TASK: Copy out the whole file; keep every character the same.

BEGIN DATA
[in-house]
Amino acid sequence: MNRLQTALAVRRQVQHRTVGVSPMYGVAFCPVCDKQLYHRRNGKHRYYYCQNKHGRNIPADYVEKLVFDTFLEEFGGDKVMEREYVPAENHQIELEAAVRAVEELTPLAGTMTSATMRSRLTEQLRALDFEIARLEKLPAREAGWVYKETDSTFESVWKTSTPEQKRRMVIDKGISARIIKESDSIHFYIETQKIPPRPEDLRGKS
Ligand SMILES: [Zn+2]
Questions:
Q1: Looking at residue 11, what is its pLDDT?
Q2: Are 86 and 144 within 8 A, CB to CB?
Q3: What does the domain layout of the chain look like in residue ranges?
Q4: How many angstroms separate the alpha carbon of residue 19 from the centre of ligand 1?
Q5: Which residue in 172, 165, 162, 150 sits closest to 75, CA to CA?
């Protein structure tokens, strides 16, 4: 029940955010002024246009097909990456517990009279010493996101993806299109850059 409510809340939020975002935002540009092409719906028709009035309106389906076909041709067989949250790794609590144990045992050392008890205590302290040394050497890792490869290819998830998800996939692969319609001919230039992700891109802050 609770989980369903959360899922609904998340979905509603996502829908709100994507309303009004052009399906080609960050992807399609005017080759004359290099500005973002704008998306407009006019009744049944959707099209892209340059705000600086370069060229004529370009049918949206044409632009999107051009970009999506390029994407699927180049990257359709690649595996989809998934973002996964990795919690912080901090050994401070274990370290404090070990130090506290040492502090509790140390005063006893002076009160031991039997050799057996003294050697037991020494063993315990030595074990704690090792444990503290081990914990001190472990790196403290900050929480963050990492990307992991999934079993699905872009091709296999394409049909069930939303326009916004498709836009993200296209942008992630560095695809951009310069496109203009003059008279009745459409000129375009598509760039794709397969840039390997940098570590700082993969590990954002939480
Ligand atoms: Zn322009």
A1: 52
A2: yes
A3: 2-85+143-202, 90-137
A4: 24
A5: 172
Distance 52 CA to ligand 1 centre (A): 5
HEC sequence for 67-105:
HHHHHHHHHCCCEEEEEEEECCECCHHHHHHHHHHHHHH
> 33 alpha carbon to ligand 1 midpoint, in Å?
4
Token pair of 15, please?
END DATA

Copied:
[in-house]
Amino acid sequence: MNRLQTALAVRRQVQHRTVGVSPMYGVAFCPVCDKQLYHRRNGKHRYYYCQNKHGRNIPADYVEKLVFDTFLEEFGGDKVMEREYVPAENHQIELEAAVRAVEELTPLAGTMTSATMRSRLTEQLRALDFEIARLEKLPAREAGWVYKETDSTFESVWKTSTPEQKRRMVIDKGISARIIKESDSIHFYIETQKIPPRPEDLRGKS
Ligand SMILES: [Zn+2]
Questions:
Q1: Looking at residue 11, what is its pLDDT?
Q2: Are 86 and 144 within 8 A, CB to CB?
Q3: What does the domain layout of the chain look like in residue ranges?
Q4: How many angstroms separate the alpha carbon of residue 19 from the centre of ligand 1?
Q5: Which residue in 172, 165, 162, 150 sits closest to 75, CA to CA?
């Protein structure tokens, strides 16, 4: 029940955010002024246009097909990456517990009279010493996101993806299109850059 409510809340939020975002935002540009092409719906028709009035309106389906076909041709067989949250790794609590144990045992050392008890205590302290040394050497890792490869290819998830998800996939692969319609001919230039992700891109802050 609770989980369903959360899922609904998340979905509603996502829908709100994507309303009004052009399906080609960050992807399609005017080759004359290099500005973002704008998306407009006019009744049944959707099209892209340059705000600086370069060229004529370009049918949206044409632009999107051009970009999506390029994407699927180049990257359709690649595996989809998934973002996964990795919690912080901090050994401070274990370290404090070990130090506290040492502090509790140390005063006893002076009160031991039997050799057996003294050697037991020494063993315990030595074990704690090792444990503290081990914990001190472990790196403290900050929480963050990492990307992991999934079993699905872009091709296999394409049909069930939303326009916004498709836009993200296209942008992630560095695809951009310069496109203009003059008279009745459409000129375009598509760039794709397969840039390997940098570590700082993969590990954002939480
Ligand atoms: Zn322009």
A1: 52
A2: yes
A3: 2-85+143-202, 90-137
A4: 24
A5: 172
Distance 52 CA to ligand 1 centre (A): 5
HEC sequence for 67-105:
HHHHHHHHHCCCEEEEEEEECCECCHHHHHHHHHHHHHH
> 33 alpha carbon to ligand 1 midpoint, in Å?
4
Token pair of 15, please?